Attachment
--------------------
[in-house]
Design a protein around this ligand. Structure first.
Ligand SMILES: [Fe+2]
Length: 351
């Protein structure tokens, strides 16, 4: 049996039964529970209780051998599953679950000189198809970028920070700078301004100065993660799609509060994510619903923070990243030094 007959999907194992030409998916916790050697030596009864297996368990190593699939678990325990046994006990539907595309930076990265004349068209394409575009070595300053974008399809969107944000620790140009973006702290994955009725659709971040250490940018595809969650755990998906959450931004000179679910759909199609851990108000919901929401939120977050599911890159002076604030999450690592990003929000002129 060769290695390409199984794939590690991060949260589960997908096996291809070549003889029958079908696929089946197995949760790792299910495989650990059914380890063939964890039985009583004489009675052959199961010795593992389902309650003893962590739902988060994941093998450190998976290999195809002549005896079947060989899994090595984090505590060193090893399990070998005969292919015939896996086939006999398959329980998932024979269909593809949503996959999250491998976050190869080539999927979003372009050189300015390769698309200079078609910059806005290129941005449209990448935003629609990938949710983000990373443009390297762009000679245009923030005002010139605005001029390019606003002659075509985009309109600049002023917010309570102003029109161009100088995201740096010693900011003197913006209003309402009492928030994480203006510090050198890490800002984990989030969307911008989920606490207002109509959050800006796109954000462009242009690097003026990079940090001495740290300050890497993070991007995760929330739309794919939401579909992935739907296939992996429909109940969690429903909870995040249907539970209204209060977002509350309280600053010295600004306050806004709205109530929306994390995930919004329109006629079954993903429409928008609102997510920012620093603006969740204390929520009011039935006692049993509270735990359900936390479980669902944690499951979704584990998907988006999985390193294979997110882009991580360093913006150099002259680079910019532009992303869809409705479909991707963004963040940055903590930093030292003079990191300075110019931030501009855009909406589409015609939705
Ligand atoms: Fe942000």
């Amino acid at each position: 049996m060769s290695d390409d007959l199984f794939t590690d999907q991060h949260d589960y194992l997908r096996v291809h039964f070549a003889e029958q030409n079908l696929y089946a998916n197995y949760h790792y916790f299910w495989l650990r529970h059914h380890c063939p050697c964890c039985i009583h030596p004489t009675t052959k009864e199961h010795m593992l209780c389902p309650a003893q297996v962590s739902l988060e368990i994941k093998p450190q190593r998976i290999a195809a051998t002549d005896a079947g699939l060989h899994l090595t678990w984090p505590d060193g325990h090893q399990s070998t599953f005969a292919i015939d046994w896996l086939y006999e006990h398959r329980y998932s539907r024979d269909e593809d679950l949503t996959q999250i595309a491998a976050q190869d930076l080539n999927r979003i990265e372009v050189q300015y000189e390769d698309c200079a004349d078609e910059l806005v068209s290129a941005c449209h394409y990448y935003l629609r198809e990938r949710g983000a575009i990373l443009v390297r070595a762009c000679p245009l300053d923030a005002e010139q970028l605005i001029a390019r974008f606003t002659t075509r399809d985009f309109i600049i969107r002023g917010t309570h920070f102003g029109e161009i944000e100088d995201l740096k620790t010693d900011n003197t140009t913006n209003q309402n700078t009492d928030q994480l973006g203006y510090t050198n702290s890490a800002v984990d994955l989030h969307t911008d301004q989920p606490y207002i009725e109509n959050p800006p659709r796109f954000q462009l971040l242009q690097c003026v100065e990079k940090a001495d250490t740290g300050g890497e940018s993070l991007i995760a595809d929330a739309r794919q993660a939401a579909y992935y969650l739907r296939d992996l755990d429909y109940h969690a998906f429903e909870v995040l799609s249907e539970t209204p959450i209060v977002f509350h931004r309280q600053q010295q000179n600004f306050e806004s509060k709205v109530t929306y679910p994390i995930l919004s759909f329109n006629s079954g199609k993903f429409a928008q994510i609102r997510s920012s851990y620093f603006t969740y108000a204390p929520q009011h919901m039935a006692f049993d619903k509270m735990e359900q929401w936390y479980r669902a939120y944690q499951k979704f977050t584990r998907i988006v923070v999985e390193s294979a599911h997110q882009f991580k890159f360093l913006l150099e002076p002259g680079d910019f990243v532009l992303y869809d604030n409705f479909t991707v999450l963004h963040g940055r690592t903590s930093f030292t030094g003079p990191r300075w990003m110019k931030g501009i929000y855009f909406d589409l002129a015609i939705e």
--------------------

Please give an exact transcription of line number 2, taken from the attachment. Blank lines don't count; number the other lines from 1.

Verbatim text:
Design a protein around this ligand. Structure first.